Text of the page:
The Links to Magnesium Deficiency
My younger son and I both have had problems from time to time with sensitivity to noise. In both our cases we believe we have traced the problems to a magnesium deficiency. Many of the other problems we have in our family can also be traced to a lack of this important mineral, so we suspect that a predisposition to need higher than normal amounts of magnesium may run in our family. From my experience, most conventional medical doctors are not aware of the magnesium deficiency - noise sensitivity link, so I put up this web page to make more people aware of the connection.
Magnesium is a vital co-factor in several hundred enzymatic reactions in the human body, so a deficiency of magnesium can result in a wide variety of health problems, as shown in the table below.
Subset of Conditions Linked to Magnesium Deficiency
In our family, we each tend to have clusters of the types of problems listed in the chart above, but when we eat diets high in magnesium, we are able to keep many of these problems under control.
At home we try to eat a very healthy diet, with many magnesium rich, fruits, beans, grains, and vegetables. This helps to keep the sensitive hearing problem under control for both my son and myself. However, my son tends to develop problems whenever we go on vacation--times when he eats more processed foods and less vegetables. We know he is having trouble when we go to an amusement park or loud movie, and he put his fingers in his ears to block out the pain from the loud noise. When we see this happening, we then head to the nearest Mexican restaurant and load him up on salad and refried beans, two magnesium rich foods. A meal like this will often bring about an immediate improvement.
Another interesting point to note is that the magnesium deficiency - sensitive hearing link may be true for animals as well as humans. We bought a guinea pig as a pet for our kids last year. We had read that guinea pigs were very sensitive to noise and, indeed, when we first got out little piggie he would shake, squeal or hide whenever there were loud noises in the house.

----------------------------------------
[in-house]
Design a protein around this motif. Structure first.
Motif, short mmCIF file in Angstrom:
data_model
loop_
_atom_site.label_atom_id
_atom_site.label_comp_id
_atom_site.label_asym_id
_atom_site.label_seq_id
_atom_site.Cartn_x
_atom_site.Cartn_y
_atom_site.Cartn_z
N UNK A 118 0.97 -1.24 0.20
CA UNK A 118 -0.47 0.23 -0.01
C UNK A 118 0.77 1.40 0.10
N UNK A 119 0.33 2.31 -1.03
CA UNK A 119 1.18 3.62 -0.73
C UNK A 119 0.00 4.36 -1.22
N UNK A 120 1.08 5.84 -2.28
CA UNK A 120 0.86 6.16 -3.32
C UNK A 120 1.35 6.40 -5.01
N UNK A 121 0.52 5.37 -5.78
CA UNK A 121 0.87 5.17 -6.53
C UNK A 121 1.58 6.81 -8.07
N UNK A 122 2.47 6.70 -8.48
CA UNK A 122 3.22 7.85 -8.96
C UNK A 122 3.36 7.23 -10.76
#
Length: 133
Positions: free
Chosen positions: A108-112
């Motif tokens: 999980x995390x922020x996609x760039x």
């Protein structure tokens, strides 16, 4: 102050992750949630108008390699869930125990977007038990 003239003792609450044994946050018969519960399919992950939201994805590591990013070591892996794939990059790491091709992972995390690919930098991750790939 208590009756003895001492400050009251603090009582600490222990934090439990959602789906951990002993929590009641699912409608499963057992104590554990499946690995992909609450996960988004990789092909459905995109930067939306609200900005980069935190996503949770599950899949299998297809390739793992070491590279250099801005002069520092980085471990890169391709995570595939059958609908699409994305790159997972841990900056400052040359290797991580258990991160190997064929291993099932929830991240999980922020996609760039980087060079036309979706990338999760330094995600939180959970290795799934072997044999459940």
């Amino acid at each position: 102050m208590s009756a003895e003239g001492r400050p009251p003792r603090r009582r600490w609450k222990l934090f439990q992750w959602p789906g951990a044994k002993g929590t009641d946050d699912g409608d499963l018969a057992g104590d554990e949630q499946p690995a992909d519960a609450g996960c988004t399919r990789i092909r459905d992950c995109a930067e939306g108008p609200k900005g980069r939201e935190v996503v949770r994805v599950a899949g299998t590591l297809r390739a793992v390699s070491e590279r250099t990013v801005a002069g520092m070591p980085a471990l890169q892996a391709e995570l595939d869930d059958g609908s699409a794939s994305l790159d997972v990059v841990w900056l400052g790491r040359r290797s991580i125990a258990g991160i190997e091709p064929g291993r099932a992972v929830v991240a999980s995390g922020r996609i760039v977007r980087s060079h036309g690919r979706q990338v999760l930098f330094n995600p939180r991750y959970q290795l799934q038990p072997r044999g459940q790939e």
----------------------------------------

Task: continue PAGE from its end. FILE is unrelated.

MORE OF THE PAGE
We thought changing his diet from pet store food to a more natural diet higher in magnesium might help him. So we took him off the guinea pig food from the store and fed him a diet a fresh clover and grass from the backyard as well as a wide assortment of organic fruit and veggies from the local health food store. Our hunch was right. His hearing seems to have become much less sensitive these days. Now he comes out of his little guinea pig house readily even if we are vacuuming or our children have a large, noisy group of friends over to play. Prior to the diet change, he would have hid in his house and not come out for a long time until after the noises went away.
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Sensitive Hearing Triggers
There are a number of factors that we've noticed bring on the sensitive hearing and related signs of magnesium deficiency in our family. These are:
Alcohol use is another possible cause of magnesium deficiency, leading some experts to suggest that hangovers are actually acute, temporary episodes of a deficiency of this nutrient. Migraine headaches are another condition that has been linked to both magnesium deficiency and sensitive hearing.
Noise Sensitivity Treatments
The treatments that work for us are basically just to:
Related Pages in This Site:
Related Web Sites:
The Importance of Magnesium to Human Nutrition: http://www.healthy.net/asp/templates/article.asp?PageType=Article&ID=541 - Reviews the symptoms of magnesium deficiency including " loud noise sensitivity from stapedius muscle tension in the ear." Other symptoms reviewed in this web site include impaired contraction of smooth muscles, photophobia, especially difficulty adjusting to oncoming bright headlights not caused by eye disease, twitches, cramps, muscles soreness, TMJ, anxiety, and constant movement.
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